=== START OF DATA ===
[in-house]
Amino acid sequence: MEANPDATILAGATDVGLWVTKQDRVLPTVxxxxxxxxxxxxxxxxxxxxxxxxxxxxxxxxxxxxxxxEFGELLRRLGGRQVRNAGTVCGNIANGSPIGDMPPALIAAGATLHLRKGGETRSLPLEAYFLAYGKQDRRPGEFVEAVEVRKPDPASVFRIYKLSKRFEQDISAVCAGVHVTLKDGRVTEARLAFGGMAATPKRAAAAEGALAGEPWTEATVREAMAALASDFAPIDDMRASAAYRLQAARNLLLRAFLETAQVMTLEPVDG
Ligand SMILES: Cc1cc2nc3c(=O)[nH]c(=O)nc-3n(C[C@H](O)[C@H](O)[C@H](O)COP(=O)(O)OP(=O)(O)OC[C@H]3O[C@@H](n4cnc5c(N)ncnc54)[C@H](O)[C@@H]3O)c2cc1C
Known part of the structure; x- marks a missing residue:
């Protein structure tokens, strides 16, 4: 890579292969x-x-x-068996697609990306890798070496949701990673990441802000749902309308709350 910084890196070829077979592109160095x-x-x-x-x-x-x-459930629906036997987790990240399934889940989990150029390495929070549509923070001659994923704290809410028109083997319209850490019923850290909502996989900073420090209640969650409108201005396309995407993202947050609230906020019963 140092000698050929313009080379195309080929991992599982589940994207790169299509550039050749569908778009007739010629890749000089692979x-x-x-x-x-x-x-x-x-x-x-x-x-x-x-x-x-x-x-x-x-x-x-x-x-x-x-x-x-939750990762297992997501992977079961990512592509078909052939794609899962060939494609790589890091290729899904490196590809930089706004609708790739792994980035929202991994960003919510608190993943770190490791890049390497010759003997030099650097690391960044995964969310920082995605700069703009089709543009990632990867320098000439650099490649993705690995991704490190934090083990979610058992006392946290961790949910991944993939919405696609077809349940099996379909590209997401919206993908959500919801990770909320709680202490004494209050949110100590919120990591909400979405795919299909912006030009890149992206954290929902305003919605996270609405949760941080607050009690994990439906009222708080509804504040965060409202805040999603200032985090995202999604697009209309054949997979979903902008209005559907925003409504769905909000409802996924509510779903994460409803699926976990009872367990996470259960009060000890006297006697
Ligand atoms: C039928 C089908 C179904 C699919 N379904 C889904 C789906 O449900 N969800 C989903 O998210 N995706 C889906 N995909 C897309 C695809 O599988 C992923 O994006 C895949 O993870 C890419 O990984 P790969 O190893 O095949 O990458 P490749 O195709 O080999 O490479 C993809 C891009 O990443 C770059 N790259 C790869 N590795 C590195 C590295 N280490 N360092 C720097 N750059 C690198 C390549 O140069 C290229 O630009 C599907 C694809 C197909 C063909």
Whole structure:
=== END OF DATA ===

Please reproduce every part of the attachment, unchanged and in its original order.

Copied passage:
[in-house]
Amino acid sequence: MEANPDATILAGATDVGLWVTKQDRVLPTVxxxxxxxxxxxxxxxxxxxxxxxxxxxxxxxxxxxxxxxEFGELLRRLGGRQVRNAGTVCGNIANGSPIGDMPPALIAAGATLHLRKGGETRSLPLEAYFLAYGKQDRRPGEFVEAVEVRKPDPASVFRIYKLSKRFEQDISAVCAGVHVTLKDGRVTEARLAFGGMAATPKRAAAAEGALAGEPWTEATVREAMAALASDFAPIDDMRASAAYRLQAARNLLLRAFLETAQVMTLEPVDG
Ligand SMILES: Cc1cc2nc3c(=O)[nH]c(=O)nc-3n(C[C@H](O)[C@H](O)[C@H](O)COP(=O)(O)OP(=O)(O)OC[C@H]3O[C@@H](n4cnc5c(N)ncnc54)[C@H](O)[C@@H]3O)c2cc1C
Known part of the structure; x- marks a missing residue:
């Protein structure tokens, strides 16, 4: 890579292969x-x-x-068996697609990306890798070496949701990673990441802000749902309308709350 910084890196070829077979592109160095x-x-x-x-x-x-x-459930629906036997987790990240399934889940989990150029390495929070549509923070001659994923704290809410028109083997319209850490019923850290909502996989900073420090209640969650409108201005396309995407993202947050609230906020019963 140092000698050929313009080379195309080929991992599982589940994207790169299509550039050749569908778009007739010629890749000089692979x-x-x-x-x-x-x-x-x-x-x-x-x-x-x-x-x-x-x-x-x-x-x-x-x-x-x-x-x-939750990762297992997501992977079961990512592509078909052939794609899962060939494609790589890091290729899904490196590809930089706004609708790739792994980035929202991994960003919510608190993943770190490791890049390497010759003997030099650097690391960044995964969310920082995605700069703009089709543009990632990867320098000439650099490649993705690995991704490190934090083990979610058992006392946290961790949910991944993939919405696609077809349940099996379909590209997401919206993908959500919801990770909320709680202490004494209050949110100590919120990591909400979405795919299909912006030009890149992206954290929902305003919605996270609405949760941080607050009690994990439906009222708080509804504040965060409202805040999603200032985090995202999604697009209309054949997979979903902008209005559907925003409504769905909000409802996924509510779903994460409803699926976990009872367990996470259960009060000890006297006697
Ligand atoms: C039928 C089908 C179904 C699919 N379904 C889904 C789906 O449900 N969800 C989903 O998210 N995706 C889906 N995909 C897309 C695809 O599988 C992923 O994006 C895949 O993870 C890419 O990984 P790969 O190893 O095949 O990458 P490749 O195709 O080999 O490479 C993809 C891009 O990443 C770059 N790259 C790869 N590795 C590195 C590295 N280490 N360092 C720097 N750059 C690198 C390549 O140069 C290229 O630009 C599907 C694809 C197909 C063909």
Whole structure: